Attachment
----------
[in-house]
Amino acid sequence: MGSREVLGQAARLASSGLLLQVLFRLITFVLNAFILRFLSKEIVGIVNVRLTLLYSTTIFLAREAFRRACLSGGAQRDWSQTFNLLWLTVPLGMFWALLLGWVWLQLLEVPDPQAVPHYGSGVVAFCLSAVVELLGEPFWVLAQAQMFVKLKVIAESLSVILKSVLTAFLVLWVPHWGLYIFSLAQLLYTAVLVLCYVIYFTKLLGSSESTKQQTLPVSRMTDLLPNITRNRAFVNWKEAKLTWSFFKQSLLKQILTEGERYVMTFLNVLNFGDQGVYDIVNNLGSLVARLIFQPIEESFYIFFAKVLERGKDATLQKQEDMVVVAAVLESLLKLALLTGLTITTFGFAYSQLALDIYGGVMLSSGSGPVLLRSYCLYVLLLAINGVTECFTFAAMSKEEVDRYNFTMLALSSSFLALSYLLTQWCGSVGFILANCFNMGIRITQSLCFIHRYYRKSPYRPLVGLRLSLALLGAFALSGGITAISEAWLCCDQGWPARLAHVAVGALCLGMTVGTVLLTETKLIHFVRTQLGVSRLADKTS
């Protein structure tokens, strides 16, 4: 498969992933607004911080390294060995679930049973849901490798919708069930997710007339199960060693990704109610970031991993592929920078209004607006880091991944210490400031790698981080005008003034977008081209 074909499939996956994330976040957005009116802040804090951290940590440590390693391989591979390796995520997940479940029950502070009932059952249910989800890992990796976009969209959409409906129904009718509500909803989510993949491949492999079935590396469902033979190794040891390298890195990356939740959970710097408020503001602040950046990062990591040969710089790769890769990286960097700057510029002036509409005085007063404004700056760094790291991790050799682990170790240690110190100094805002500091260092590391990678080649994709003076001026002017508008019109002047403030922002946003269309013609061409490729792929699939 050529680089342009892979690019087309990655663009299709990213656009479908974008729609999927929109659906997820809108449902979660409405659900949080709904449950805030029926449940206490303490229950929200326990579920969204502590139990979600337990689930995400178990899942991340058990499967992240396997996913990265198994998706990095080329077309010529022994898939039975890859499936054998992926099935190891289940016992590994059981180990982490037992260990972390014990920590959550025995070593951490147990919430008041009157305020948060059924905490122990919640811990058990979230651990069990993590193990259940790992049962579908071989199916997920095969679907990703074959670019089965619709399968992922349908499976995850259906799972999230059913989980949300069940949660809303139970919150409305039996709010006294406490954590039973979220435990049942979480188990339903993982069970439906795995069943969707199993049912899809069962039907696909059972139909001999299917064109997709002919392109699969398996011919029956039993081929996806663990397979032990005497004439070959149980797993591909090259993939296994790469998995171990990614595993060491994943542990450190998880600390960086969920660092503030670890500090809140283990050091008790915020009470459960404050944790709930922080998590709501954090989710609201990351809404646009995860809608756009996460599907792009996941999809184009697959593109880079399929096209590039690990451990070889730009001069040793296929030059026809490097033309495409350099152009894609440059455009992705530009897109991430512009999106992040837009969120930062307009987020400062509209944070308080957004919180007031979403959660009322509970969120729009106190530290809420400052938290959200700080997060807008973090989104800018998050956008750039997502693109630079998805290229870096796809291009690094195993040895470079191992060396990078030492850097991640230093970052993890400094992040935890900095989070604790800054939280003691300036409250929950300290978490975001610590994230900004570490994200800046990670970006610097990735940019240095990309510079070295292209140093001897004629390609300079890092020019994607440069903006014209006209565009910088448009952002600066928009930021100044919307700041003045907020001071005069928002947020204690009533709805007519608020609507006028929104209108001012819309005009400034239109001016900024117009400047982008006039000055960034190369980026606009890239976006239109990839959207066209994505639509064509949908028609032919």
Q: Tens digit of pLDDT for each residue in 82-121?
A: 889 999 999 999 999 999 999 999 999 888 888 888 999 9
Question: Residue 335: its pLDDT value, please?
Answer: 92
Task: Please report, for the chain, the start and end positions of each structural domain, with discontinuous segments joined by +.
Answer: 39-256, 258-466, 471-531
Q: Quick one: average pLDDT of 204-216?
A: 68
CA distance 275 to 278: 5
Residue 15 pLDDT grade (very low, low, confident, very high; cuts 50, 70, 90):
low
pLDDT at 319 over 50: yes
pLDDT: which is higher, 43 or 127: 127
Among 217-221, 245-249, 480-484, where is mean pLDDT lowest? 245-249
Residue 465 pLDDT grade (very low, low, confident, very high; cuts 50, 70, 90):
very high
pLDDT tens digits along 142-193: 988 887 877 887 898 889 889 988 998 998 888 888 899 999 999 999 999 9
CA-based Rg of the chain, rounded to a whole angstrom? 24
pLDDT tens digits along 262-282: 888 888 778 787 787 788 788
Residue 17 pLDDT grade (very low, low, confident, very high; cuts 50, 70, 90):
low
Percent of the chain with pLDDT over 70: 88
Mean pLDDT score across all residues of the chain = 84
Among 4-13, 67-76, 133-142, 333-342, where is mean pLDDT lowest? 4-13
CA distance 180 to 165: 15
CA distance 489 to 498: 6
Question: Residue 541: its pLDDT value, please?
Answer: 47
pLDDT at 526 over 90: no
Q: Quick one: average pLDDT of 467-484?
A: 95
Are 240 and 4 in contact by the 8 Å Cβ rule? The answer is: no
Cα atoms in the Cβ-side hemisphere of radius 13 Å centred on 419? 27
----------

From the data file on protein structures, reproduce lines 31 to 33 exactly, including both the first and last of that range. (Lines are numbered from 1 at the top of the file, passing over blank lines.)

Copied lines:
Answer: 47
pLDDT at 526 over 90: no
Q: Quick one: average pLDDT of 467-484?